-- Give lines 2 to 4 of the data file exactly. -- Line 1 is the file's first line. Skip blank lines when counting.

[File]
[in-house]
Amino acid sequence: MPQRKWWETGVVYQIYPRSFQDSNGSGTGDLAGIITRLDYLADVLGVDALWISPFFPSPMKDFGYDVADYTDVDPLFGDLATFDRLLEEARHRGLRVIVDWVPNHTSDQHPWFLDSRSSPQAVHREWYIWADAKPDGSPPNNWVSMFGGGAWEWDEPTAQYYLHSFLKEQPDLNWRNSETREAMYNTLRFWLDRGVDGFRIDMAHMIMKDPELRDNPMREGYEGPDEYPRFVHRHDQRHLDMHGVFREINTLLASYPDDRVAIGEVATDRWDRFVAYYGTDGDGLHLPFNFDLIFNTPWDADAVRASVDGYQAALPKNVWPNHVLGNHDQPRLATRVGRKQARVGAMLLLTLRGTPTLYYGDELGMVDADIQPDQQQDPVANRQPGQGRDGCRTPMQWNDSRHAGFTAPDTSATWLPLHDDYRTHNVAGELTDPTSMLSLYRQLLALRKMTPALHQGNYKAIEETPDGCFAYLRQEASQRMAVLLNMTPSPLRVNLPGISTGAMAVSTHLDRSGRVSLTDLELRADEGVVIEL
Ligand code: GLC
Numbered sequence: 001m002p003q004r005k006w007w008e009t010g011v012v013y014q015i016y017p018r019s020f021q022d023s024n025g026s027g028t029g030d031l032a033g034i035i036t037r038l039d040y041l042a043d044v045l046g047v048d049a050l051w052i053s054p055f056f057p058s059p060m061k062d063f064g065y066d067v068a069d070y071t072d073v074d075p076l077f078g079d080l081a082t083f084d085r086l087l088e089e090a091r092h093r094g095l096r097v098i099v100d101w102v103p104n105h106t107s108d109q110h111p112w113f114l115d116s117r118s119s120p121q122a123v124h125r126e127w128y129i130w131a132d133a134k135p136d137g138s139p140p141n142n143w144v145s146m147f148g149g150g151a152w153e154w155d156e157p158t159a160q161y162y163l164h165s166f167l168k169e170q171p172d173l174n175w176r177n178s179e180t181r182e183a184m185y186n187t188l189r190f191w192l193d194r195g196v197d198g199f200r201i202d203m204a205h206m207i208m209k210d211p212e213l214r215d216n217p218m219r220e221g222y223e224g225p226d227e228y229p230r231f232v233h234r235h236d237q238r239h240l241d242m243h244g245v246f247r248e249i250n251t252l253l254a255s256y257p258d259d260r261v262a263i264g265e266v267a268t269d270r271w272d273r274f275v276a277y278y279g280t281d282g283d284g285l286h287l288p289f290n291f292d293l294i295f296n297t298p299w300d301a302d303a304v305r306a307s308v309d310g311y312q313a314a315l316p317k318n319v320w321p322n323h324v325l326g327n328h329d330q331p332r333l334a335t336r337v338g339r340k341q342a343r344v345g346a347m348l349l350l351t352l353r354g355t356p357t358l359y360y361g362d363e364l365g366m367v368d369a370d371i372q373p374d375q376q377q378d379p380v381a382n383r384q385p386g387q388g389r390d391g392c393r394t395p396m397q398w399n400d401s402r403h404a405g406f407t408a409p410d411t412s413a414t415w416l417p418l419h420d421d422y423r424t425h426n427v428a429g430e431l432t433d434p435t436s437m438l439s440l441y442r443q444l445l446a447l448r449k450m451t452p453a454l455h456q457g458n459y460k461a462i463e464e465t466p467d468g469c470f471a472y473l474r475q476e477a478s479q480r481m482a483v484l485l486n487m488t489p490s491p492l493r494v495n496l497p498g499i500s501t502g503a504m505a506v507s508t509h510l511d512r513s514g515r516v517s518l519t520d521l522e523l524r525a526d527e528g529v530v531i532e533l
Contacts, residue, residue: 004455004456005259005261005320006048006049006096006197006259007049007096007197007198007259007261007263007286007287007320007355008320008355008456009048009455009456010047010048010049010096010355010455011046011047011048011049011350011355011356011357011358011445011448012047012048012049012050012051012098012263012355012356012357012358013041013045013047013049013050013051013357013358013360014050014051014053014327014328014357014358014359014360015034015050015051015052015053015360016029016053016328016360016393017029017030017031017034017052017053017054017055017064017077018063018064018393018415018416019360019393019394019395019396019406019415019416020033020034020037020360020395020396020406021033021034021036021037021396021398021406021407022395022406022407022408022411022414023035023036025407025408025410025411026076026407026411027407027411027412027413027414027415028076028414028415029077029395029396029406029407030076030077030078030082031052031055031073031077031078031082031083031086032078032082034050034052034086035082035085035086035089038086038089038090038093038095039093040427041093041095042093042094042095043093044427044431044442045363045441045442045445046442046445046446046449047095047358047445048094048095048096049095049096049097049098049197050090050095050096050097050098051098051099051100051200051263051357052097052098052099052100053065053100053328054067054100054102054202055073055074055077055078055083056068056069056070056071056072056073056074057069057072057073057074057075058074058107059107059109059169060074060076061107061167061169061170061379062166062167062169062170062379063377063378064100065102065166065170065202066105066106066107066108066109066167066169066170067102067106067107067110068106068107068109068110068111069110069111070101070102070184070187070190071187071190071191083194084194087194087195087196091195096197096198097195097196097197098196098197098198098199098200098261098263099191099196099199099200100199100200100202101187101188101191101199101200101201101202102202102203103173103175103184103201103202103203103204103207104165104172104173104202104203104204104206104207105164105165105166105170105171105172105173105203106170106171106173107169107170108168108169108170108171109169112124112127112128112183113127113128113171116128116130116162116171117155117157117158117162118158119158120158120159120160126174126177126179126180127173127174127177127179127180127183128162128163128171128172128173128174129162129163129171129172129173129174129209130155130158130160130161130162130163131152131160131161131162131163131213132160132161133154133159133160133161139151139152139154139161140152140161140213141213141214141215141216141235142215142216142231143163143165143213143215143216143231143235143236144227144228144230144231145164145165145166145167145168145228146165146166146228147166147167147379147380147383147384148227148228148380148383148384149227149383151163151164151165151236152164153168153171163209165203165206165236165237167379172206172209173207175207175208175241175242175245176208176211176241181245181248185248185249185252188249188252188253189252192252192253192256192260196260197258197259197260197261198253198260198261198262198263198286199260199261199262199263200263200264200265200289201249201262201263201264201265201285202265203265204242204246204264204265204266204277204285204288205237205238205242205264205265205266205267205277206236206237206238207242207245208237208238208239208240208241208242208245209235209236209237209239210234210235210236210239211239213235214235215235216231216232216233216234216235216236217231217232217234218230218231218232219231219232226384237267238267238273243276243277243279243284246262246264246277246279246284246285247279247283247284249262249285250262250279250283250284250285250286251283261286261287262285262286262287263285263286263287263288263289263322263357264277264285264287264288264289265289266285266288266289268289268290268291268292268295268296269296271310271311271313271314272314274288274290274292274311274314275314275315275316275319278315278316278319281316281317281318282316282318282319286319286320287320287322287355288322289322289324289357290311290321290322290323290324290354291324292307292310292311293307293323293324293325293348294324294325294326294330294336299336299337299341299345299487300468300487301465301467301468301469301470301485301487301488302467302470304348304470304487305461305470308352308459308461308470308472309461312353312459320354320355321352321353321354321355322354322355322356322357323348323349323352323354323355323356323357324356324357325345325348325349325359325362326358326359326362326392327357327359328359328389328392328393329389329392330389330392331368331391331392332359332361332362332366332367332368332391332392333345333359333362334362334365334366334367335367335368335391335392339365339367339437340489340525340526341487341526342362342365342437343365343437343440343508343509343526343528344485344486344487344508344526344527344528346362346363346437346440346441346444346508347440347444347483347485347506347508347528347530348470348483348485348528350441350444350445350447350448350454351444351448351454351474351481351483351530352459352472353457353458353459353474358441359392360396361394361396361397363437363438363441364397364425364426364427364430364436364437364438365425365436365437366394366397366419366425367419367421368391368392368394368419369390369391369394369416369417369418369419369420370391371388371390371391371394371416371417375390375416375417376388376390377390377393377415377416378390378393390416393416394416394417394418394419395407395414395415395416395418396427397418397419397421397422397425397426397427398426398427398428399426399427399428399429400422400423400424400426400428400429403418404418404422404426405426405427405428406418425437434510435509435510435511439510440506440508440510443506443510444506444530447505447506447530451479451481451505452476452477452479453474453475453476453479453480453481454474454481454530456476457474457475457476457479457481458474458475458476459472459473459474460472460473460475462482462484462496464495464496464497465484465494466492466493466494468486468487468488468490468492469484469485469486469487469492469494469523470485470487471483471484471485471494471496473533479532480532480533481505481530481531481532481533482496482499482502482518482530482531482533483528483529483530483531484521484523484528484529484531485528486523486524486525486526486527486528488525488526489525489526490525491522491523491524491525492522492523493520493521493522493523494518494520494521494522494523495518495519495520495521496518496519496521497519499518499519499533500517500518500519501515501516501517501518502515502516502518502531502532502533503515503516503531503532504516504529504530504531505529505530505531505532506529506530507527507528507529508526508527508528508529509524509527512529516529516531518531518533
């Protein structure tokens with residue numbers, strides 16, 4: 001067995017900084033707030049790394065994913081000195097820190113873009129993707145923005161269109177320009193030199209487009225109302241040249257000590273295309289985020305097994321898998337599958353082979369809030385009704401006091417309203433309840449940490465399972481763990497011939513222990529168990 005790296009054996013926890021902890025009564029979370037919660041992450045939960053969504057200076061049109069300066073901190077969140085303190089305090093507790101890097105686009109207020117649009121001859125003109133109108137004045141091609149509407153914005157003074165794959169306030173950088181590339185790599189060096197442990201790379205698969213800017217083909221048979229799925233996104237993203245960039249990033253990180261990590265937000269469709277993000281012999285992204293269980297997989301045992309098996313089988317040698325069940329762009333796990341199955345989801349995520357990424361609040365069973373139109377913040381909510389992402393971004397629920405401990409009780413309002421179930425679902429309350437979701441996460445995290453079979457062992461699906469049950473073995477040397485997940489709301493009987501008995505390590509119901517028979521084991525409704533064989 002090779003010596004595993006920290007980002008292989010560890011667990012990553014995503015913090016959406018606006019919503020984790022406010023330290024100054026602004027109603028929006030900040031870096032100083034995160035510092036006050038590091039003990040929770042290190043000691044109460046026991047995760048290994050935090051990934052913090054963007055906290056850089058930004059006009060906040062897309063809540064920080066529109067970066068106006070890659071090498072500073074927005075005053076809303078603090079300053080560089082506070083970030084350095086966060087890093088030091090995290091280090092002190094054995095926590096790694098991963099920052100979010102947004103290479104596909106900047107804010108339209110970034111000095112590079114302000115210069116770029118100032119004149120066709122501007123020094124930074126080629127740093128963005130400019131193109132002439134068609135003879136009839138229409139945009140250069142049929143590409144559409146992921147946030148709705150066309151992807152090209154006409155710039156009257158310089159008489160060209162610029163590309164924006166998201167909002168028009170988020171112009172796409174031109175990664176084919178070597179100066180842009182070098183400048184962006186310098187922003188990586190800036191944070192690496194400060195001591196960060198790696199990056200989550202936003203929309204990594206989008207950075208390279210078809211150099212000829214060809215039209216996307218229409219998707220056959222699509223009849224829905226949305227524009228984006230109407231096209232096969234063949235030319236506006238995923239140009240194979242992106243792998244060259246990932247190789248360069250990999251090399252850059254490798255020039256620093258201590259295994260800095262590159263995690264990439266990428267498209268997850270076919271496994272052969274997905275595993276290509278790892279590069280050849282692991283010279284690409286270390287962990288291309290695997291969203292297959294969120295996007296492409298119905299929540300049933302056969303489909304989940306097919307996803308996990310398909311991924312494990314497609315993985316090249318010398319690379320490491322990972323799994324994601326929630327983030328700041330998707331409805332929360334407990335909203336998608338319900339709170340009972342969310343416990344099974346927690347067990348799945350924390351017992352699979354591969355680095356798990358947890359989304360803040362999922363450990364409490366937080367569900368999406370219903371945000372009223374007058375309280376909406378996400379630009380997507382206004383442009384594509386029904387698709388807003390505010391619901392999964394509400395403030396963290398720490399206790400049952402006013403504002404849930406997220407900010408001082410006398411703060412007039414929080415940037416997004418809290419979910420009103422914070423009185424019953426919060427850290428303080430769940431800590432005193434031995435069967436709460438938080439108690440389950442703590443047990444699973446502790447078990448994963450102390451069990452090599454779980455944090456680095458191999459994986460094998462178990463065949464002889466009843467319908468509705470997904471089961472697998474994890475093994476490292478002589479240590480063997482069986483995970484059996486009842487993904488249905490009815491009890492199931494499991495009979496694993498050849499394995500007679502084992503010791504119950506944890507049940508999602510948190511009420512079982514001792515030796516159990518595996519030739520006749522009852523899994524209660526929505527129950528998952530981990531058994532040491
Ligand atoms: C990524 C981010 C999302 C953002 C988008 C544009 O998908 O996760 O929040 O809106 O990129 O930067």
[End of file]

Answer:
Amino acid sequence: MPQRKWWETGVVYQIYPRSFQDSNGSGTGDLAGIITRLDYLADVLGVDALWISPFFPSPMKDFGYDVADYTDVDPLFGDLATFDRLLEEARHRGLRVIVDWVPNHTSDQHPWFLDSRSSPQAVHREWYIWADAKPDGSPPNNWVSMFGGGAWEWDEPTAQYYLHSFLKEQPDLNWRNSETREAMYNTLRFWLDRGVDGFRIDMAHMIMKDPELRDNPMREGYEGPDEYPRFVHRHDQRHLDMHGVFREINTLLASYPDDRVAIGEVATDRWDRFVAYYGTDGDGLHLPFNFDLIFNTPWDADAVRASVDGYQAALPKNVWPNHVLGNHDQPRLATRVGRKQARVGAMLLLTLRGTPTLYYGDELGMVDADIQPDQQQDPVANRQPGQGRDGCRTPMQWNDSRHAGFTAPDTSATWLPLHDDYRTHNVAGELTDPTSMLSLYRQLLALRKMTPALHQGNYKAIEETPDGCFAYLRQEASQRMAVLLNMTPSPLRVNLPGISTGAMAVSTHLDRSGRVSLTDLELRADEGVVIEL
Ligand code: GLC
Numbered sequence: 001m002p003q004r005k006w007w008e009t010g011v012v013y014q015i016y017p018r019s020f021q022d023s024n025g026s027g028t029g030d031l032a033g034i035i036t037r038l039d040y041l042a043d044v045l046g047v048d049a050l051w052i053s054p055f056f057p058s059p060m061k062d063f064g065y066d067v068a069d070y071t072d073v074d075p076l077f078g079d080l081a082t083f084d085r086l087l088e089e090a091r092h093r094g095l096r097v098i099v100d101w102v103p104n105h106t107s108d109q110h111p112w113f114l115d116s117r118s119s120p121q122a123v124h125r126e127w128y129i130w131a132d133a134k135p136d137g138s139p140p141n142n143w144v145s146m147f148g149g150g151a152w153e154w155d156e157p158t159a160q161y162y163l164h165s166f167l168k169e170q171p172d173l174n175w176r177n178s179e180t181r182e183a184m185y186n187t188l189r190f191w192l193d194r195g196v197d198g199f200r201i202d203m204a205h206m207i208m209k210d211p212e213l214r215d216n217p218m219r220e221g222y223e224g225p226d227e228y229p230r231f232v233h234r235h236d237q238r239h240l241d242m243h244g245v246f247r248e249i250n251t252l253l254a255s256y257p258d259d260r261v262a263i264g265e266v267a268t269d270r271w272d273r274f275v276a277y278y279g280t281d282g283d284g285l286h287l288p289f290n291f292d293l294i295f296n297t298p299w300d301a302d303a304v305r306a307s308v309d310g311y312q313a314a315l316p317k318n319v320w321p322n323h324v325l326g327n328h329d330q331p332r333l334a335t336r337v338g339r340k341q342a343r344v345g346a347m348l349l350l351t352l353r354g355t356p357t358l359y360y361g362d363e364l365g366m367v368d369a370d371i372q373p374d375q376q377q378d379p380v381a382n383r384q385p386g387q388g389r390d391g392c393r394t395p396m397q398w399n400d401s402r403h404a405g406f407t408a409p410d411t412s413a414t415w416l417p418l419h420d421d422y423r424t425h426n427v428a429g430e431l432t433d434p435t436s437m438l439s440l441y442r443q444l445l446a447l448r449k450m451t452p453a454l455h456q457g458n459y460k461a462i463e464e465t466p467d468g469c470f471a472y473l474r475q476e477a478s479q480r481m482a483v484l485l486n487m488t489p490s491p492l493r494v495n496l497p498g499i500s501t502g503a504m505a506v507s508t509h510l511d512r513s514g515r516v517s518l519t520d521l522e523l524r525a526d527e528g529v530v531i532e533l